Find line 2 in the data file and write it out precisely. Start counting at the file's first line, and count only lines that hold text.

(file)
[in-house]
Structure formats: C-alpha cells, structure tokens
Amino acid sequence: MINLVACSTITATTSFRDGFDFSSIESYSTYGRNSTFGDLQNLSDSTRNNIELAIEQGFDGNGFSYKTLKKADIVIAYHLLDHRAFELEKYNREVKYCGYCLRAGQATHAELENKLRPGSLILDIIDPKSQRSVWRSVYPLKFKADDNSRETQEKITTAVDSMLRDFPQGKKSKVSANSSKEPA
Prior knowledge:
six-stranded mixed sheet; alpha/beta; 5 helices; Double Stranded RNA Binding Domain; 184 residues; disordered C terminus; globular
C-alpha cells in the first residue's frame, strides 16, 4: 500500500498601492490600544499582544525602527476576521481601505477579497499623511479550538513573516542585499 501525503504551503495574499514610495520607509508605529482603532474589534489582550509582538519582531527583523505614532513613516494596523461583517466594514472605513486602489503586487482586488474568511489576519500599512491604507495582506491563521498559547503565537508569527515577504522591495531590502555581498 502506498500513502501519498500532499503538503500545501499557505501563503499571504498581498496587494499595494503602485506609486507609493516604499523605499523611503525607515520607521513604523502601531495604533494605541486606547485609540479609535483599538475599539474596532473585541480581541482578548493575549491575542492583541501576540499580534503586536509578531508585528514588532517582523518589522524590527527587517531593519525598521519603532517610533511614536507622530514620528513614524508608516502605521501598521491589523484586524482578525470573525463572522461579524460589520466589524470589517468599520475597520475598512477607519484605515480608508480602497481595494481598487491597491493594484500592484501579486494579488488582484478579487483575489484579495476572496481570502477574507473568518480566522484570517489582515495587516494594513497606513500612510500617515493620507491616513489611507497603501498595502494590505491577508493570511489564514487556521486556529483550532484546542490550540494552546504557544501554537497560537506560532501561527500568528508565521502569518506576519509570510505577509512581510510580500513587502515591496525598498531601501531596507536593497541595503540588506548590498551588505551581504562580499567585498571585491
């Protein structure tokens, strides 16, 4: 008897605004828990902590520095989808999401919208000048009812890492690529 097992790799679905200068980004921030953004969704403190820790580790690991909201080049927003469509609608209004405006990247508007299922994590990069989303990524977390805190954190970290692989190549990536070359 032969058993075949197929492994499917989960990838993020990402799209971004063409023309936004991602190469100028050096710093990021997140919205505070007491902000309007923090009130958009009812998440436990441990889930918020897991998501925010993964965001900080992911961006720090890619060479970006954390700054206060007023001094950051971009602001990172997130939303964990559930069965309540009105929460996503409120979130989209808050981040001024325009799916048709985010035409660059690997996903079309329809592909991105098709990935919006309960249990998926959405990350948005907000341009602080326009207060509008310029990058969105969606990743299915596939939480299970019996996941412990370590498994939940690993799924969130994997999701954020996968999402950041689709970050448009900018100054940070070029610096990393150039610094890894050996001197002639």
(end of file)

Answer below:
Structure formats: C-alpha cells, structure tokens